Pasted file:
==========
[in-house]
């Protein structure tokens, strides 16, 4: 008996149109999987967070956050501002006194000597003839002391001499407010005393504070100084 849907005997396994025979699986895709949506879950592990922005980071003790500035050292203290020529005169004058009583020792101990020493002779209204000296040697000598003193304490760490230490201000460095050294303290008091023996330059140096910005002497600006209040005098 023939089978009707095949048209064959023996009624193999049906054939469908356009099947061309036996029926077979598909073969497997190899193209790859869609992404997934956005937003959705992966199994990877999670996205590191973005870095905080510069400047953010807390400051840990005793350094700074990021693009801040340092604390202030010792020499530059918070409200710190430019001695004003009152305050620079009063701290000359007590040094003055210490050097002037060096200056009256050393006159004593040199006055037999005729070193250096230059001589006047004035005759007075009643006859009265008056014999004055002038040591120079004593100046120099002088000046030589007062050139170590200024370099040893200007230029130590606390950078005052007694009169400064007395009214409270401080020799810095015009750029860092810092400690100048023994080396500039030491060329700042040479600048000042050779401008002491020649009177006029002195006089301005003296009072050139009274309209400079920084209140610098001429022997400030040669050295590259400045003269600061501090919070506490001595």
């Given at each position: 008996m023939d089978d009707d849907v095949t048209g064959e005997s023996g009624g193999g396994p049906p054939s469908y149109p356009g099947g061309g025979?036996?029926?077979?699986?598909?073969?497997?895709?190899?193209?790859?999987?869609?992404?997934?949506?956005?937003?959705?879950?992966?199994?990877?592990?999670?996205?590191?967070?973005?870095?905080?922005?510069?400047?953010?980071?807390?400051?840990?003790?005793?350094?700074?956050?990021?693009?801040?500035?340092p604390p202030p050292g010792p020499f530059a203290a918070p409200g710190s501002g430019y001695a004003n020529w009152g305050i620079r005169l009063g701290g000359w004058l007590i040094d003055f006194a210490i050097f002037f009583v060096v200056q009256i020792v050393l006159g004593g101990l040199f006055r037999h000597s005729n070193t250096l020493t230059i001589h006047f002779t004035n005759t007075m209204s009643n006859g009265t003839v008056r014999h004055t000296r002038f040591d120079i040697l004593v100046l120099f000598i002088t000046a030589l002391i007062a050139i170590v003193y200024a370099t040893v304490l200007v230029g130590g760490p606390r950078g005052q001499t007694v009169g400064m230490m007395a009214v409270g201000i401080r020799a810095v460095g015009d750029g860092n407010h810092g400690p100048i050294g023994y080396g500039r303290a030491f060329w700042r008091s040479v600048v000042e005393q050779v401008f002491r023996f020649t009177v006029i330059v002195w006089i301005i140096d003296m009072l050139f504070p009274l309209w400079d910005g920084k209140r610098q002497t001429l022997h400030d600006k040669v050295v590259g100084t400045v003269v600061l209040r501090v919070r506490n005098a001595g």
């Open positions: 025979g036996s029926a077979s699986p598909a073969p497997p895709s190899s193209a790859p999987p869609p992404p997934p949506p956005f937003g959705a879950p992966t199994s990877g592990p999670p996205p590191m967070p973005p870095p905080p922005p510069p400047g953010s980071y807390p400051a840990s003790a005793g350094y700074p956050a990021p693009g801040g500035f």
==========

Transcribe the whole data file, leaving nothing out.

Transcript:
[in-house]
């Protein structure tokens, strides 16, 4: 008996149109999987967070956050501002006194000597003839002391001499407010005393504070100084 849907005997396994025979699986895709949506879950592990922005980071003790500035050292203290020529005169004058009583020792101990020493002779209204000296040697000598003193304490760490230490201000460095050294303290008091023996330059140096910005002497600006209040005098 023939089978009707095949048209064959023996009624193999049906054939469908356009099947061309036996029926077979598909073969497997190899193209790859869609992404997934956005937003959705992966199994990877999670996205590191973005870095905080510069400047953010807390400051840990005793350094700074990021693009801040340092604390202030010792020499530059918070409200710190430019001695004003009152305050620079009063701290000359007590040094003055210490050097002037060096200056009256050393006159004593040199006055037999005729070193250096230059001589006047004035005759007075009643006859009265008056014999004055002038040591120079004593100046120099002088000046030589007062050139170590200024370099040893200007230029130590606390950078005052007694009169400064007395009214409270401080020799810095015009750029860092810092400690100048023994080396500039030491060329700042040479600048000042050779401008002491020649009177006029002195006089301005003296009072050139009274309209400079920084209140610098001429022997400030040669050295590259400045003269600061501090919070506490001595």
């Given at each position: 008996m023939d089978d009707d849907v095949t048209g064959e005997s023996g009624g193999g396994p049906p054939s469908y149109p356009g099947g061309g025979?036996?029926?077979?699986?598909?073969?497997?895709?190899?193209?790859?999987?869609?992404?997934?949506?956005?937003?959705?879950?992966?199994?990877?592990?999670?996205?590191?967070?973005?870095?905080?922005?510069?400047?953010?980071?807390?400051?840990?003790?005793?350094?700074?956050?990021?693009?801040?500035?340092p604390p202030p050292g010792p020499f530059a203290a918070p409200g710190s501002g430019y001695a004003n020529w009152g305050i620079r005169l009063g701290g000359w004058l007590i040094d003055f006194a210490i050097f002037f009583v060096v200056q009256i020792v050393l006159g004593g101990l040199f006055r037999h000597s005729n070193t250096l020493t230059i001589h006047f002779t004035n005759t007075m209204s009643n006859g009265t003839v008056r014999h004055t000296r002038f040591d120079i040697l004593v100046l120099f000598i002088t000046a030589l002391i007062a050139i170590v003193y200024a370099t040893v304490l200007v230029g130590g760490p606390r950078g005052q001499t007694v009169g400064m230490m007395a009214v409270g201000i401080r020799a810095v460095g015009d750029g860092n407010h810092g400690p100048i050294g023994y080396g500039r303290a030491f060329w700042r008091s040479v600048v000042e005393q050779v401008f002491r023996f020649t009177v006029i330059v002195w006089i301005i140096d003296m009072l050139f504070p009274l309209w400079d910005g920084k209140r610098q002497t001429l022997h400030d600006k040669v050295v590259g100084t400045v003269v600061l209040r501090v919070r506490n005098a001595g």
């Open positions: 025979g036996s029926a077979s699986p598909a073969p497997p895709s190899s193209a790859p999987p869609p992404p997934p949506p956005f937003g959705a879950p992966t199994s990877g592990p999670p996205p590191m967070p973005p870095p905080p922005p510069p400047g953010s980071y807390p400051a840990s003790a005793g350094y700074p956050a990021p693009g801040g500035f």